Boris Tsang/Sun File Photo

Ithaca Tompkins International Airport on March 21, 2020. The airport will be stopping flights to Washington Dulles International Airport in exchange for a route to Newark Liberty International Airport.

March 2, 2022

Ithaca Airport Adds Newark Flights, Loses Washington Dulles Service

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For many Cornellians, traveling home during school breaks requires booking a flight out of a local airport. Only five miles away from Cornell, the Ithaca Tompkins International Airport is one such option. Flights leave Ithaca every day for Charlotte Douglas International Airport, Detroit Metropolitan Airport and Washington Dulles International Airport, providing travel options to those cities, which can serve as hubs to fly to larger airports for students who live across the country or internationally. 

But those flights are set to change this March as the Ithaca airport moves to scrap its service to Washington Dulles in exchange for a new route to Newark Liberty International Airport in Newark, New Jersey. United Airlines is the only airline providing service from Ithaca to either Newark or Washington, D.C. at this time. 

Changes to the Ithaca airport’s flights are nothing new. The lack of travel during the COVID-19 pandemic hit the air travel industry hard as flights were shut down and travel screeched to a halt. United Airlines stalled its flights between Ithaca and Dulles in early 2020. With the progress made by COVID-19 vaccines in early 2021, Ithaca resumed flights to Dulles in June of that year. 

Air travel directly from Ithaca to Newark is a relatively new service. In 2018, United Airlines replaced its direct flights between Ithaca and Newark with its current program of direct flights between Ithaca and Dulles, with two daily nonstop flights. At the time, Ithaca Airport Director Mike Hall cited an increase in reliability in flying into Dulles as opposed to Newark.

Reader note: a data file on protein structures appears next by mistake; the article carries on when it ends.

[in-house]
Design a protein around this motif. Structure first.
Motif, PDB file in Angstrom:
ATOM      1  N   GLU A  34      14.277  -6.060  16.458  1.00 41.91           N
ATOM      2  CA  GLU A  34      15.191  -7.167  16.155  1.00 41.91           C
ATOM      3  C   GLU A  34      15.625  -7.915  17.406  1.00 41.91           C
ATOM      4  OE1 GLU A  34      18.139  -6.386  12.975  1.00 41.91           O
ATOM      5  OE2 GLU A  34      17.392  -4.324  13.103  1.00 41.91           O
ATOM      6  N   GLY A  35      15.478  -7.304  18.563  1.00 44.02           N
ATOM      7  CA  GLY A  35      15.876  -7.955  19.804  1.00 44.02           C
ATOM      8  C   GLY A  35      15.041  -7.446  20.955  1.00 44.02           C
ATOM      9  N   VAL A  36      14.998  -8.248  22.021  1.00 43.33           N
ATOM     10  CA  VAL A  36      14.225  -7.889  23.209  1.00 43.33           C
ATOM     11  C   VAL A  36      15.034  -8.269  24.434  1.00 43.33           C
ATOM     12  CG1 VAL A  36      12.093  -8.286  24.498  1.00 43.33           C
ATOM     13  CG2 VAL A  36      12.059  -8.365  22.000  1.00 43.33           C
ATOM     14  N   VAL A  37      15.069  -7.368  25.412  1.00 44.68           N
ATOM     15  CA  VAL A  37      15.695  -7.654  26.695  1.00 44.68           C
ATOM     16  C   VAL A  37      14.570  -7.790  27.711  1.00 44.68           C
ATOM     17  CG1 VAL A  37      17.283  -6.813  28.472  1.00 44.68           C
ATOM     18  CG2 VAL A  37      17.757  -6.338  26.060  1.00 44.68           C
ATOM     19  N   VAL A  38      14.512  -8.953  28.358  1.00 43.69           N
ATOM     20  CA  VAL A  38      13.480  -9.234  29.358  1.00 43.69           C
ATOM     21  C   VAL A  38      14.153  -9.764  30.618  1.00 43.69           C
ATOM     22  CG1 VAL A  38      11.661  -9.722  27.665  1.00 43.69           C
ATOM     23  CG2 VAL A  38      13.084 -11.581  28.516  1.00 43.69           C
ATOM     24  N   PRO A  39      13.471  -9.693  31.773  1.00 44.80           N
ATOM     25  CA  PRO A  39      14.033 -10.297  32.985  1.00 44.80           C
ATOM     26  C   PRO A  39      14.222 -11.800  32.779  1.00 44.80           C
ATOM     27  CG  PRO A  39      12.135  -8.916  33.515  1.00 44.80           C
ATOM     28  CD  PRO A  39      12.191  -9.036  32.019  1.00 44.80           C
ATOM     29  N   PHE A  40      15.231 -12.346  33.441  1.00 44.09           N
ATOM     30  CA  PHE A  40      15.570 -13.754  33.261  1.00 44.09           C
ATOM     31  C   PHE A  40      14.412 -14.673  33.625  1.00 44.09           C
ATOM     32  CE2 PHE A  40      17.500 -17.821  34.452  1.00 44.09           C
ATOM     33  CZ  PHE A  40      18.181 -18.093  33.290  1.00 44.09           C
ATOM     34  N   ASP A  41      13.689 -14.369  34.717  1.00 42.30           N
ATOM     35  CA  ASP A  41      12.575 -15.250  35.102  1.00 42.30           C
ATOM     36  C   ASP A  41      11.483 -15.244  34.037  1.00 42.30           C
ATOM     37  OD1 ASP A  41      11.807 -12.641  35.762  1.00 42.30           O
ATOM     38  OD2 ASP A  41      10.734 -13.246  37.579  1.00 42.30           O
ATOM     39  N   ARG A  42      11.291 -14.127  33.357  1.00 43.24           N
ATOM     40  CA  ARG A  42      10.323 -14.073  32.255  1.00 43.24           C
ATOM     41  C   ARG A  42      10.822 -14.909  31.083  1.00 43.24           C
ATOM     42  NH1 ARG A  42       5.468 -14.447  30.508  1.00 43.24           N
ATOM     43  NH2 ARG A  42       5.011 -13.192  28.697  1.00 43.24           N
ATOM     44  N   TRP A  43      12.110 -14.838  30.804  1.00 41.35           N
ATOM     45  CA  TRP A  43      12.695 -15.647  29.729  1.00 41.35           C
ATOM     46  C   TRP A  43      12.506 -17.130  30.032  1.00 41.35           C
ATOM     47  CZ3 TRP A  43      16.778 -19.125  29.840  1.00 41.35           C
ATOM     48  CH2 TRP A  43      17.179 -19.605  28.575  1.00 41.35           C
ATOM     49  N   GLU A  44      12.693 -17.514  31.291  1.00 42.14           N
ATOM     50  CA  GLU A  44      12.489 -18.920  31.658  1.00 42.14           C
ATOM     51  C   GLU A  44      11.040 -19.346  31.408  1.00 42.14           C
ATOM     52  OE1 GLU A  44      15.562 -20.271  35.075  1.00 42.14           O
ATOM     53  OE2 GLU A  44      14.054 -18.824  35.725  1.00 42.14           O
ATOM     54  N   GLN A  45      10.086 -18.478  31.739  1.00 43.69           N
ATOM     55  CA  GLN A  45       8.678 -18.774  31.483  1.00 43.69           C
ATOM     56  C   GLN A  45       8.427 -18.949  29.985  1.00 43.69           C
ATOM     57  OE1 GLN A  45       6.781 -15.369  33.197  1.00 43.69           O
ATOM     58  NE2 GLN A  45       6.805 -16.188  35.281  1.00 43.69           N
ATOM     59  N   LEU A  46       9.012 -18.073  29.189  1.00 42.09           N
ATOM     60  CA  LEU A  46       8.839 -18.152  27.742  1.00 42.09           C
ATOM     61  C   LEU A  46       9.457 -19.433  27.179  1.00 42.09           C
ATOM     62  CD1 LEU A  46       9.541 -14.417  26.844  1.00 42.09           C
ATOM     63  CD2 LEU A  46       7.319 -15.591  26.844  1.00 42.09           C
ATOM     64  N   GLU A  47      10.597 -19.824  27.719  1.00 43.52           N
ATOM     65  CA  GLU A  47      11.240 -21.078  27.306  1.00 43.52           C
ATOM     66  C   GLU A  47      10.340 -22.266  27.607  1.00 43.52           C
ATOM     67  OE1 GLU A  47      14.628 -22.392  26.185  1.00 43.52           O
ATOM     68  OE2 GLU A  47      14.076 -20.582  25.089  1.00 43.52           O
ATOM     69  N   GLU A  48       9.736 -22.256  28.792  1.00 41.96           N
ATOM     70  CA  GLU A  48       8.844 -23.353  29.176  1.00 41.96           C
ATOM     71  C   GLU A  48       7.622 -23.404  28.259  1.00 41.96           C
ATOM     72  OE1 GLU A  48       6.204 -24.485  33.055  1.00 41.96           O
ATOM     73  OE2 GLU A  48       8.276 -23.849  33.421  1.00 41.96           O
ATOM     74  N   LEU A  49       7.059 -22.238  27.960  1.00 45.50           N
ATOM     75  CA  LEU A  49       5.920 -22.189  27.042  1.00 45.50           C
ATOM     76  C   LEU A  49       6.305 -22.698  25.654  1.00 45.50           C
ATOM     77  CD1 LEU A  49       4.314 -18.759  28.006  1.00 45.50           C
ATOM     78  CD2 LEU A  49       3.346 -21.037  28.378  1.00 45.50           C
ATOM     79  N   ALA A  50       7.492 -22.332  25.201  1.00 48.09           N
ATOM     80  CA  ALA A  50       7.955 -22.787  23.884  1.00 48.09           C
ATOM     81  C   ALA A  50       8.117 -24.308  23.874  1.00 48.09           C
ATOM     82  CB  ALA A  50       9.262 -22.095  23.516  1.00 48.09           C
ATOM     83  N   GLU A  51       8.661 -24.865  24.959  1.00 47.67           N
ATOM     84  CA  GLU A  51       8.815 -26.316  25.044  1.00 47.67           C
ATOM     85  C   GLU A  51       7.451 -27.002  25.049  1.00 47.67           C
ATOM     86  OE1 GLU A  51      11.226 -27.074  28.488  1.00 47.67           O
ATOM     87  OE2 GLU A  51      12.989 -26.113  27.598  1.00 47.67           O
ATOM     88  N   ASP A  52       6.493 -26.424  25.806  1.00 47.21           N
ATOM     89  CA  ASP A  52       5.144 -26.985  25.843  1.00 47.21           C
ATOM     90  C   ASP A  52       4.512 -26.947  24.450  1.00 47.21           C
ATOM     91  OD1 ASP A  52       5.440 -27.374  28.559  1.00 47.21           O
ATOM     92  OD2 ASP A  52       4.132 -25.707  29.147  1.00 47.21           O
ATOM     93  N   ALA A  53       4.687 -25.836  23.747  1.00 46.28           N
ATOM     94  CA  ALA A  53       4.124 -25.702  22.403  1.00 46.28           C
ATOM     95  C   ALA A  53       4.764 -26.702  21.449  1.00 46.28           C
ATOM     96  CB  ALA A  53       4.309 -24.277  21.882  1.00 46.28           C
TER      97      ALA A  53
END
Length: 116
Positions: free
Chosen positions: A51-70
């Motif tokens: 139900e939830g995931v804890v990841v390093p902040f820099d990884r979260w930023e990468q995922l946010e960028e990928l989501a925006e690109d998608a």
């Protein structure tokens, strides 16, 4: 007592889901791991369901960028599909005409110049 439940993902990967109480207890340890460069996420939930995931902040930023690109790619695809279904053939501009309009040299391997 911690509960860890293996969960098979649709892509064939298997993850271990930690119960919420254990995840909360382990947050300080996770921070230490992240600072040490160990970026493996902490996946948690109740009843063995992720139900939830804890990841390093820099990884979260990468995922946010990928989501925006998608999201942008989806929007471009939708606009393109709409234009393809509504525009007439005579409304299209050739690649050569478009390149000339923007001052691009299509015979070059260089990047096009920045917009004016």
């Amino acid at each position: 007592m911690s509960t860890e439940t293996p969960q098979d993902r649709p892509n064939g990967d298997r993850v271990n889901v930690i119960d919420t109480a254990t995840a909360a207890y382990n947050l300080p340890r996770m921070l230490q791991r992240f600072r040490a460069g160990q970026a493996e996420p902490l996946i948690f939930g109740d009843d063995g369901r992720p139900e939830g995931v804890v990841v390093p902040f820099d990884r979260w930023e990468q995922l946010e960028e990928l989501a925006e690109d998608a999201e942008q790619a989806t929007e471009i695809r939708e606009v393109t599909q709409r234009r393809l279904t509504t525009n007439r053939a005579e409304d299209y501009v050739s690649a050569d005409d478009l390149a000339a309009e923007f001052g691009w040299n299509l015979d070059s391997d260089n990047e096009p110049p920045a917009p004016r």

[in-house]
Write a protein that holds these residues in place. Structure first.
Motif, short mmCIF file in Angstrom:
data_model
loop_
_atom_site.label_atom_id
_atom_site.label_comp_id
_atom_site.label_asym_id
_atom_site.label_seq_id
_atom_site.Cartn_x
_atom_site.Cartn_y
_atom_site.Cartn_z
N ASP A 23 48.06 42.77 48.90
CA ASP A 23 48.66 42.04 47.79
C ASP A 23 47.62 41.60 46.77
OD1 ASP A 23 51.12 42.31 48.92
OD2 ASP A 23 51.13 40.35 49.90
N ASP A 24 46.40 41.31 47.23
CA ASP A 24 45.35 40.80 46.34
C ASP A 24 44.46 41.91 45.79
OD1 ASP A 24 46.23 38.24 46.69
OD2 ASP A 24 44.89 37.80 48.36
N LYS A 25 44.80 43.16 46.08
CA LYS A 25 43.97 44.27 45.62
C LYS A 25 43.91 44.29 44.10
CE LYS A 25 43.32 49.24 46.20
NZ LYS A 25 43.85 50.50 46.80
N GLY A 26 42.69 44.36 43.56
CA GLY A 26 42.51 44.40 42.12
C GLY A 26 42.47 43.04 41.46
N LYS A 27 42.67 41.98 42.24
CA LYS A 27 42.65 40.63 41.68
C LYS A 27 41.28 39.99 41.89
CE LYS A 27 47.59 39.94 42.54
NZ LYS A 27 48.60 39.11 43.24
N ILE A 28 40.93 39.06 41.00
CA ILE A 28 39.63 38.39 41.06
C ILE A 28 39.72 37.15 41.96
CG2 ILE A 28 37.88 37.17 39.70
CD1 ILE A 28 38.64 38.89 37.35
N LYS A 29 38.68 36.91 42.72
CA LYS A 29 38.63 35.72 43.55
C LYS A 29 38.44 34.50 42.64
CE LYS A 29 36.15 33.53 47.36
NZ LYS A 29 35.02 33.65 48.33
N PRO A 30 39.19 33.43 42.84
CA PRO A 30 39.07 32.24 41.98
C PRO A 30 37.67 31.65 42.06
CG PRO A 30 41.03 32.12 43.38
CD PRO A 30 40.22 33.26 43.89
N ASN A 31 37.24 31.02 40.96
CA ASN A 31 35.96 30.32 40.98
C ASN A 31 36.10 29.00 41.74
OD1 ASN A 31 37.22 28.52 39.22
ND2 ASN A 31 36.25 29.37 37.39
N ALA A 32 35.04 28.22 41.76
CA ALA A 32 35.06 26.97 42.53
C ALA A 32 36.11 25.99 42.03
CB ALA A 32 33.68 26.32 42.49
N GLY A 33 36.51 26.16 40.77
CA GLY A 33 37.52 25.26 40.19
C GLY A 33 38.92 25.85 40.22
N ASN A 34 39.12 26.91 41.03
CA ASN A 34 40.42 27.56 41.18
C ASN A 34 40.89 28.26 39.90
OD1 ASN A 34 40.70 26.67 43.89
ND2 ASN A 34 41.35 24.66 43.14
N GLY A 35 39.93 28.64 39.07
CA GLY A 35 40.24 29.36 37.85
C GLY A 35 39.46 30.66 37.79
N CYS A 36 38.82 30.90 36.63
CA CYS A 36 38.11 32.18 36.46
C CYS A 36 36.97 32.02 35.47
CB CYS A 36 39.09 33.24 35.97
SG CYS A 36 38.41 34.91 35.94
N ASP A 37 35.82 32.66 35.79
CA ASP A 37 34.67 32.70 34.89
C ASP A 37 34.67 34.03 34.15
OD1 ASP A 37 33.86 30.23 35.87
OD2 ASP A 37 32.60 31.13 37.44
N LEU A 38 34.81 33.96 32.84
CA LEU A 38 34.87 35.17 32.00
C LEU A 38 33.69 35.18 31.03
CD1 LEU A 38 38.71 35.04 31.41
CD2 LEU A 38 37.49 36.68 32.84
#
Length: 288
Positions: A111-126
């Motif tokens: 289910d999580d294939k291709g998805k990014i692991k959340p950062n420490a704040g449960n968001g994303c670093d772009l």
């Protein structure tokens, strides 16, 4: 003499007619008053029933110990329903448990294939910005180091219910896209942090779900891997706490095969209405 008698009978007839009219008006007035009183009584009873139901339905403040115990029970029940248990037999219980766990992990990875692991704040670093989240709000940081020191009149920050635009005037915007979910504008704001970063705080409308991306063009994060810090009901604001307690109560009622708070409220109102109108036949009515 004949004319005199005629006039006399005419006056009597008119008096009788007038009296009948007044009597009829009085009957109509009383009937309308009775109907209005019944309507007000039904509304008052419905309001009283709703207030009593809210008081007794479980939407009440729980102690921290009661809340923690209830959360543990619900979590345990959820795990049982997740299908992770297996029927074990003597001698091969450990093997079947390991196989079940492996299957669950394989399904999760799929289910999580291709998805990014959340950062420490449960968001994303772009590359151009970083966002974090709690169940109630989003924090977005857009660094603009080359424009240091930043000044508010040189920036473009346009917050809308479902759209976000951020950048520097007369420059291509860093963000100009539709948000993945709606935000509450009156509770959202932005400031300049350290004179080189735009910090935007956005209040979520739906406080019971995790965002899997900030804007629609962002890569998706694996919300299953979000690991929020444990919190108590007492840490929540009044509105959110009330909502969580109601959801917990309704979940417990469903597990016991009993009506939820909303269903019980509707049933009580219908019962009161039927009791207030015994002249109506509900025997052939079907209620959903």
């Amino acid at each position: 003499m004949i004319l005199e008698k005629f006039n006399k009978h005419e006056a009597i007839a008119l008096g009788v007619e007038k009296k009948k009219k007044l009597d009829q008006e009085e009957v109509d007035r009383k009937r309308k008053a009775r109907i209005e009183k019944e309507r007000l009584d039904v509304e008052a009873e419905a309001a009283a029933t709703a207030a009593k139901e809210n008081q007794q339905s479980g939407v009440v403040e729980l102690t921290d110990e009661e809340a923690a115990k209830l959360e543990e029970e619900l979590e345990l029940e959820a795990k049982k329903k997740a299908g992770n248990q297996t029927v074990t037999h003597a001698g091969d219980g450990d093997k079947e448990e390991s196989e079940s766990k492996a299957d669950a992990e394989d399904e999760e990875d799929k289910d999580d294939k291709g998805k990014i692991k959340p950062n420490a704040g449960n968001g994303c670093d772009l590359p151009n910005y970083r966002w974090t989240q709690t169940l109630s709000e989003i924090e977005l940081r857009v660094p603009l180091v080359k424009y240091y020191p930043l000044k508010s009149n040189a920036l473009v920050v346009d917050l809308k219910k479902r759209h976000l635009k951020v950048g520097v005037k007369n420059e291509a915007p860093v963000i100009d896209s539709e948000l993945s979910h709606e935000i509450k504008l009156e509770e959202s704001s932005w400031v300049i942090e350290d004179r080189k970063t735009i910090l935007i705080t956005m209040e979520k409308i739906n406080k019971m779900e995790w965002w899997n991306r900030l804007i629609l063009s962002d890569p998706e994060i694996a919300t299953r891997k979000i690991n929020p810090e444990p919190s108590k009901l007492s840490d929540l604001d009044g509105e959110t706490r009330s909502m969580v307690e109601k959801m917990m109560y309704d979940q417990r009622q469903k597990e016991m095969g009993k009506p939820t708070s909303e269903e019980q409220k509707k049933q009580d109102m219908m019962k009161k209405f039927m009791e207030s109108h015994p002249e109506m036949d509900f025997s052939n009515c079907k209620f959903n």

Now, a shortage of pilots has prompted United Airlines to once again change its service to the Ithaca airport, as well as to other regional airports. 

Sage Michel ’24, a sophomore from Winter Park, Colorado, often flies out of the Ithaca airport to return home. Michel said she would like to see Ithaca expand flights to airports across the country. 

“It would be nice to have more direct flights [out of Ithaca] because … they are very limited in where they go,” Michel said.

Michel expressed ambivalence about whether new flights to Newark would ease her travels. 

“I could potentially [use these new flights] because I have family in the New York area,” Michel said. “But I probably wouldn’t.” Michel cited Newark being out of the way as a reason for not taking the new flights. 

Other students, like Justin Botros ’25, said that this change will have little impact on their travel plans. 

“I don’t really think [the change] is the best thing because it probably limits students traveling further away,” Botros said, who flies home to Los Angeles, California fairly often. 

However, Botros also said that the policy would likely have little effect on his personal travel plans, since he always flies to Charlotte Douglas International Airport and then on to Los Angeles from there.

Many Cornell students opt to not use the Ithaca airport at all, flying out of the Syracuse Hancock International Airport in Syracuse, New York — which is just over an hour from Cornell by car and offers non-stop flights to 23 cities — instead. 

“I only have flown out of Syracuse,” said Bradley Wang ’25, who also lives in Los Angeles, California. “It’s not too far [from Cornell], and since Ithaca is a much smaller airport than Syracuse, there are less flights and the flights are at more inconvenient times.”

Flight pricing is also a significant factor in student travel decisions, according to Wang. 

“Going back to [Los Angeles] for winter break from Ithaca was $600, and Syracuse was $300,” Wang said. “The price difference isn’t worth it for the convenience of the Ithaca airport, especially when OurBus goes directly to the Syracuse airport multiple times a day for usually less than $50.”

With changes to Ithaca’s flight schedule going into effect this month, time will tell whether the change makes the airport more appealing to students or sends them flying to Syracuse instead.